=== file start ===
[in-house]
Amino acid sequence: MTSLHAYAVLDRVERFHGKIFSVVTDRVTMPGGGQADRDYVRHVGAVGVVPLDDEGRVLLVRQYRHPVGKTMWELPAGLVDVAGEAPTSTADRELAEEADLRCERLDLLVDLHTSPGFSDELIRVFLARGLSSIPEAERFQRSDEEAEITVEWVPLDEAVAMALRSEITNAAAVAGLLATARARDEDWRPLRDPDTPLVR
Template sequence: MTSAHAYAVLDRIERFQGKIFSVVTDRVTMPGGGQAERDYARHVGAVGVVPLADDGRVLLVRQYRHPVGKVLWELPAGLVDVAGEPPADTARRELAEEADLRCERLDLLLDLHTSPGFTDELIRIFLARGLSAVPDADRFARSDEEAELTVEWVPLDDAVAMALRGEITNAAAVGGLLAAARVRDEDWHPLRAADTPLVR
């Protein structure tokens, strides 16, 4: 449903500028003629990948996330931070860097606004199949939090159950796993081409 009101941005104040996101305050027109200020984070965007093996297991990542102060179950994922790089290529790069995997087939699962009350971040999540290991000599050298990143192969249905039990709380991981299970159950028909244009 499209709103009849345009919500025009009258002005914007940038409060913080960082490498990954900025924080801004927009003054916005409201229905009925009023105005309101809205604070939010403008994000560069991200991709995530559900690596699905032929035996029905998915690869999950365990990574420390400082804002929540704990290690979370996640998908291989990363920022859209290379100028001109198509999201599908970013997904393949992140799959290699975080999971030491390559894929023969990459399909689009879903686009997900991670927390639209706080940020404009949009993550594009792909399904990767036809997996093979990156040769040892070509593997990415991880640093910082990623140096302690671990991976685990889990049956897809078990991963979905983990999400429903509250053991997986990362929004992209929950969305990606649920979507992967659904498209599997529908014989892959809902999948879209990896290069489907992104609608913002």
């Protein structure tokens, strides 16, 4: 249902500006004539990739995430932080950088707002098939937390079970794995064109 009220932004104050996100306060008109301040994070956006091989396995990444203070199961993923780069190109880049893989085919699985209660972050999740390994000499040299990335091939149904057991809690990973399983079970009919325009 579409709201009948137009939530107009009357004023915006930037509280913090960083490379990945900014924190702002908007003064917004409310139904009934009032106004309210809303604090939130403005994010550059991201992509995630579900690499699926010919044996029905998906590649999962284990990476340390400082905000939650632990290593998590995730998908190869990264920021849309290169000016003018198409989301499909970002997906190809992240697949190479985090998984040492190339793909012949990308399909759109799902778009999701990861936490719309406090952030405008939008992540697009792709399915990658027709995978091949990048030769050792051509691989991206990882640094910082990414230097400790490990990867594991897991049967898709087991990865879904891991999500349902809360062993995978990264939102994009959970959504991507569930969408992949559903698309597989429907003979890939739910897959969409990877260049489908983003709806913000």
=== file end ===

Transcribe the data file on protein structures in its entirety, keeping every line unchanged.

[in-house]
Amino acid sequence: MTSLHAYAVLDRVERFHGKIFSVVTDRVTMPGGGQADRDYVRHVGAVGVVPLDDEGRVLLVRQYRHPVGKTMWELPAGLVDVAGEAPTSTADRELAEEADLRCERLDLLVDLHTSPGFSDELIRVFLARGLSSIPEAERFQRSDEEAEITVEWVPLDEAVAMALRSEITNAAAVAGLLATARARDEDWRPLRDPDTPLVR
Template sequence: MTSAHAYAVLDRIERFQGKIFSVVTDRVTMPGGGQAERDYARHVGAVGVVPLADDGRVLLVRQYRHPVGKVLWELPAGLVDVAGEPPADTARRELAEEADLRCERLDLLLDLHTSPGFTDELIRIFLARGLSAVPDADRFARSDEEAELTVEWVPLDDAVAMALRGEITNAAAVGGLLAAARVRDEDWHPLRAADTPLVR
């Protein structure tokens, strides 16, 4: 449903500028003629990948996330931070860097606004199949939090159950796993081409 009101941005104040996101305050027109200020984070965007093996297991990542102060179950994922790089290529790069995997087939699962009350971040999540290991000599050298990143192969249905039990709380991981299970159950028909244009 499209709103009849345009919500025009009258002005914007940038409060913080960082490498990954900025924080801004927009003054916005409201229905009925009023105005309101809205604070939010403008994000560069991200991709995530559900690596699905032929035996029905998915690869999950365990990574420390400082804002929540704990290690979370996640998908291989990363920022859209290379100028001109198509999201599908970013997904393949992140799959290699975080999971030491390559894929023969990459399909689009879903686009997900991670927390639209706080940020404009949009993550594009792909399904990767036809997996093979990156040769040892070509593997990415991880640093910082990623140096302690671990991976685990889990049956897809078990991963979905983990999400429903509250053991997986990362929004992209929950969305990606649920979507992967659904498209599997529908014989892959809902999948879209990896290069489907992104609608913002």
């Protein structure tokens, strides 16, 4: 249902500006004539990739995430932080950088707002098939937390079970794995064109 009220932004104050996100306060008109301040994070956006091989396995990444203070199961993923780069190109880049893989085919699985209660972050999740390994000499040299990335091939149904057991809690990973399983079970009919325009 579409709201009948137009939530107009009357004023915006930037509280913090960083490379990945900014924190702002908007003064917004409310139904009934009032106004309210809303604090939130403005994010550059991201992509995630579900690499699926010919044996029905998906590649999962284990990476340390400082905000939650632990290593998590995730998908190869990264920021849309290169000016003018198409989301499909970002997906190809992240697949190479985090998984040492190339793909012949990308399909759109799902778009999701990861936490719309406090952030405008939008992540697009792709399915990658027709995978091949990048030769050792051509691989991206990882640094910082990414230097400790490990990867594991897991049967898709087991990865879904891991999500349902809360062993995978990264939102994009959970959504991507569930969408992949559903698309597989429907003979890939739910897959969409990877260049489908983003709806913000």